BEIRUT (Reuters) – Russian-backed Syrian troops have encircled a Turkish observation post as they approach the city of Maarat al-Numan in an offensive into the last significant rebel pocket of Syria, sources on both sides said on Tuesday.
It is the first major bout of fighting since the leaders of Turkey, Russia and Iran agreed in Ankara in September to “de-escalate” conflict in the northwestern province of Idlib after a months-long campaign that forced at least 500,000 civilians to flee. With diplomacy on a Syria peace settlement stalled, the de-escalation deal has been unraveling of late.
Insurgents controlling the Idlib region, which borders Turkey, include the powerful Islamist militant group Tahrir al-Sham as well as Turkish-backed rebel factions.
The sources said the Turkish military outpost, near the village of Surman and the main rebel-held highway that extends to the northern, government-controlled city of Aleppo, and eventually the capital Damascus further south, was now surrounded by Syrian forces, aided by Iranian-backed militias.
Turkey has 12 outposts in Idlib under a security arrangement struck with Russia and Iran, Syrian President Bashar al-Assad’s major allies, in 2017. There have been several shooting attacks on the outposts since then, prompting Turkish retaliation, but Russian pressure on Damascus halted firing by Assad’s forces.
Turkey says Russia will work to halt attacks in Syria’s Idlib
FRESH HUMANITARIAN CRISIS
As government forces have thrust into the southeast of Idlib over the past two weeks, thousands of people have fled Maarat al-Numan, a major city that has been a refuge for families who fled other areas of Syria recaptured by Damascus earlier in an 8-1/2-year-old civil war.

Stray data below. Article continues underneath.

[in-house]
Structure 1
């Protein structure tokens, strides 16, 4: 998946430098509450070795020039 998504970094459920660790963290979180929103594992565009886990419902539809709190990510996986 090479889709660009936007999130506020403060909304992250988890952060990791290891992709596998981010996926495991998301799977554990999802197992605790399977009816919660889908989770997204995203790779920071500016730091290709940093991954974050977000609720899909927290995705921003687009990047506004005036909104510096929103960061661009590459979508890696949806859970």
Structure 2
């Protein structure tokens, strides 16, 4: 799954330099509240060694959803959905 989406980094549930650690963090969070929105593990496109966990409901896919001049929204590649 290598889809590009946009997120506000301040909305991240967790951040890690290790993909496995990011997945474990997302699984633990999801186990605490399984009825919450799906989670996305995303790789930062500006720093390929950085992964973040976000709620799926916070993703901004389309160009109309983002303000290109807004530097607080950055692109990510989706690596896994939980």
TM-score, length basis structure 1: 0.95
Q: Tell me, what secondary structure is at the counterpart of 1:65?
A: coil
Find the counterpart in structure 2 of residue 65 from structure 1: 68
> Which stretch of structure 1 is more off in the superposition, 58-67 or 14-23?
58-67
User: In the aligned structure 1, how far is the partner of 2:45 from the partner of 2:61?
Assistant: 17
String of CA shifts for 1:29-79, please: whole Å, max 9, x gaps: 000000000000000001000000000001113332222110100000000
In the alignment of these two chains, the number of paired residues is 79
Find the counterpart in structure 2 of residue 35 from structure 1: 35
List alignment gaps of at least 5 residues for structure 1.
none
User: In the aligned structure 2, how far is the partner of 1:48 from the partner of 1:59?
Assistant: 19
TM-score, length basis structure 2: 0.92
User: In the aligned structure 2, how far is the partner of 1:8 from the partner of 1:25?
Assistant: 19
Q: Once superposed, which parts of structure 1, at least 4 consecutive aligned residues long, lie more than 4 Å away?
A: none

A Russian-led aerial bombing campaign has helped Syrian government forces close in on the strategic city, a major factor in the flight of civilians further north closer to the border with Turkey.
The offensive has killed scores of civilians and sparked so far an exodus of at least 80,000 people in all of Idlib province, including 30,000 in the past week alone, the United Nations said on Monday.
Eight people, including five children, died when bombs dropped by Russian jets struck displaced families as they were seeking shelter in the village of Jubas, east of the town of Saraqeb, rescuers and area residents said.
“The bombing killed two families who had set up tents,” said Mohammad Rasheed, a local rights activist.
At least 12 other people were killed this week when Russian and Syrian air force jets hit civilian convoys on main roads where families were fleeing near the Turkish frontier, according to humanitarian groups and witnesses.
UN Secretary-General Antonio Guterres said on Monday he was “alarmed by the scale of the military operation and reported attacks on evacuation routes” used by civilians fleeing north towards the Turkish border.
“The Secretary-General reminds all parties of their obligations to protect civilians and ensure freedom of movement,” Guterres’s spokesman said, urging an immediate cessation of hostilities.
Moscow and Damascus both deny allegations of indiscriminate bombing of civilian areas and say they are fighting al Qaeda-inspired Islamist militants.
Syrian government forces are now some six km (four miles) east of Maarat al-Numan, according to Hajj Abu Rasheed from the National Liberation Front, a rebel coalition backed by Turkey.
He said a suicide bomber blew himself up at an army outpost in Jerganaz that had been captured on Monday by Iranian-backed militias and government troops in their advance.
Reporting by Suleiman Al-Khalidi; Editing by Mark Heinrich